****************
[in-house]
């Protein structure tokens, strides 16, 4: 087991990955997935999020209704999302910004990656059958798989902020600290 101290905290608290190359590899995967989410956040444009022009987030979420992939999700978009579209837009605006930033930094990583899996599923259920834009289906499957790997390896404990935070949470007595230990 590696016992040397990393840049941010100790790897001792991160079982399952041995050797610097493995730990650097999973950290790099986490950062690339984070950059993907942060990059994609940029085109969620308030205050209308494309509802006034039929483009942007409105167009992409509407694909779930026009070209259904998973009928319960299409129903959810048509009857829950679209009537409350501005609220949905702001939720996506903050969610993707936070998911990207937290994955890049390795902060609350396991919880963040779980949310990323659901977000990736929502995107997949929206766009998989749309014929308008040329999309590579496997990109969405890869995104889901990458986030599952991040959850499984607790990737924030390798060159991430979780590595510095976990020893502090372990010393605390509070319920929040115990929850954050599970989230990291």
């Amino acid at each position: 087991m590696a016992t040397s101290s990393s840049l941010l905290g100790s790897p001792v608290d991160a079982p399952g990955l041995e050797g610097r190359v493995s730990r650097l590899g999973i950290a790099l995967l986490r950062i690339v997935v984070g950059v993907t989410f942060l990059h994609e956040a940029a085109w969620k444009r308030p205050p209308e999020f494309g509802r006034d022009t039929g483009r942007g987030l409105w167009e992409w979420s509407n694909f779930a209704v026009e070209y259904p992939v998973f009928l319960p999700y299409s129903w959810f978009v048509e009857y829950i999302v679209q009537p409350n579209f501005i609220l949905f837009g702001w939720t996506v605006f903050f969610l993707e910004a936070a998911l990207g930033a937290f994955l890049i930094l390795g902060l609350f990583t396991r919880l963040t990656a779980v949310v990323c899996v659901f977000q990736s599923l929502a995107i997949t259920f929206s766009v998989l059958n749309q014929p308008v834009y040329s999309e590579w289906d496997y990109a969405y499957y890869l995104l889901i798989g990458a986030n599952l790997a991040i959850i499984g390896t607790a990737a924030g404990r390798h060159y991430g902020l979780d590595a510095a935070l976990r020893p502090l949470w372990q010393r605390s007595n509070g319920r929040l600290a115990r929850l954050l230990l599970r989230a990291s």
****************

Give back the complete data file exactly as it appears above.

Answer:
[in-house]
């Protein structure tokens, strides 16, 4: 087991990955997935999020209704999302910004990656059958798989902020600290 101290905290608290190359590899995967989410956040444009022009987030979420992939999700978009579209837009605006930033930094990583899996599923259920834009289906499957790997390896404990935070949470007595230990 590696016992040397990393840049941010100790790897001792991160079982399952041995050797610097493995730990650097999973950290790099986490950062690339984070950059993907942060990059994609940029085109969620308030205050209308494309509802006034039929483009942007409105167009992409509407694909779930026009070209259904998973009928319960299409129903959810048509009857829950679209009537409350501005609220949905702001939720996506903050969610993707936070998911990207937290994955890049390795902060609350396991919880963040779980949310990323659901977000990736929502995107997949929206766009998989749309014929308008040329999309590579496997990109969405890869995104889901990458986030599952991040959850499984607790990737924030390798060159991430979780590595510095976990020893502090372990010393605390509070319920929040115990929850954050599970989230990291």
């Amino acid at each position: 087991m590696a016992t040397s101290s990393s840049l941010l905290g100790s790897p001792v608290d991160a079982p399952g990955l041995e050797g610097r190359v493995s730990r650097l590899g999973i950290a790099l995967l986490r950062i690339v997935v984070g950059v993907t989410f942060l990059h994609e956040a940029a085109w969620k444009r308030p205050p209308e999020f494309g509802r006034d022009t039929g483009r942007g987030l409105w167009e992409w979420s509407n694909f779930a209704v026009e070209y259904p992939v998973f009928l319960p999700y299409s129903w959810f978009v048509e009857y829950i999302v679209q009537p409350n579209f501005i609220l949905f837009g702001w939720t996506v605006f903050f969610l993707e910004a936070a998911l990207g930033a937290f994955l890049i930094l390795g902060l609350f990583t396991r919880l963040t990656a779980v949310v990323c899996v659901f977000q990736s599923l929502a995107i997949t259920f929206s766009v998989l059958n749309q014929p308008v834009y040329s999309e590579w289906d496997y990109a969405y499957y890869l995104l889901i798989g990458a986030n599952l790997a991040i959850i499984g390896t607790a990737a924030g404990r390798h060159y991430g902020l979780d590595a510095a935070l976990r020893p502090l949470w372990q010393r605390s007595n509070g319920r929040l600290a115990r929850l954050l230990l599970r989230a990291s």